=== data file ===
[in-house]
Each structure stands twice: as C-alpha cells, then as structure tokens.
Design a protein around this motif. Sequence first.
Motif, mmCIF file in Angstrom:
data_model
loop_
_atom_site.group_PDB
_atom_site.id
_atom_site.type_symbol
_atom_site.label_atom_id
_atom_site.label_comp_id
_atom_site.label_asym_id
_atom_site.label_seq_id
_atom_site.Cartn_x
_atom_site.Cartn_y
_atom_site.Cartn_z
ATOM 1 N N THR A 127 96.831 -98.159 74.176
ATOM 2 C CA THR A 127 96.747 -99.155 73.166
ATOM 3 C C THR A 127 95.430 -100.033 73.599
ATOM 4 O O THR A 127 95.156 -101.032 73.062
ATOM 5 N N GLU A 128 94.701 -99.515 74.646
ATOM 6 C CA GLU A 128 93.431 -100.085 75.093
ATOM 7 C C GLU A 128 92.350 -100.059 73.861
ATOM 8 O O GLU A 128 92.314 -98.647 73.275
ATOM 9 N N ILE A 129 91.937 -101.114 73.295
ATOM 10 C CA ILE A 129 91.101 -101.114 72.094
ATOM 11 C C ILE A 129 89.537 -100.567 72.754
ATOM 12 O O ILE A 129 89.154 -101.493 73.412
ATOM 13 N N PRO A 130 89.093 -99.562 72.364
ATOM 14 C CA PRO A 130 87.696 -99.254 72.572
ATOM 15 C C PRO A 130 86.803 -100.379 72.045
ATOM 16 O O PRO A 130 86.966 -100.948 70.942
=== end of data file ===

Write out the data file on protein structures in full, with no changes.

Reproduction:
[in-house]
Each structure stands twice: as C-alpha cells, then as structure tokens.
Design a protein around this motif. Sequence first.
Motif, mmCIF file in Angstrom:
data_model
loop_
_atom_site.group_PDB
_atom_site.id
_atom_site.type_symbol
_atom_site.label_atom_id
_atom_site.label_comp_id
_atom_site.label_asym_id
_atom_site.label_seq_id
_atom_site.Cartn_x
_atom_site.Cartn_y
_atom_site.Cartn_z
ATOM 1 N N THR A 127 96.831 -98.159 74.176
ATOM 2 C CA THR A 127 96.747 -99.155 73.166
ATOM 3 C C THR A 127 95.430 -100.033 73.599
ATOM 4 O O THR A 127 95.156 -101.032 73.062
ATOM 5 N N GLU A 128 94.701 -99.515 74.646
ATOM 6 C CA GLU A 128 93.431 -100.085 75.093
ATOM 7 C C GLU A 128 92.350 -100.059 73.861
ATOM 8 O O GLU A 128 92.314 -98.647 73.275
ATOM 9 N N ILE A 129 91.937 -101.114 73.295
ATOM 10 C CA ILE A 129 91.101 -101.114 72.094
ATOM 11 C C ILE A 129 89.537 -100.567 72.754
ATOM 12 O O ILE A 129 89.154 -101.493 73.412
ATOM 13 N N PRO A 130 89.093 -99.562 72.364
ATOM 14 C CA PRO A 130 87.696 -99.254 72.572
ATOM 15 C C PRO A 130 86.803 -100.379 72.045
ATOM 16 O O PRO A 130 86.966 -100.948 70.942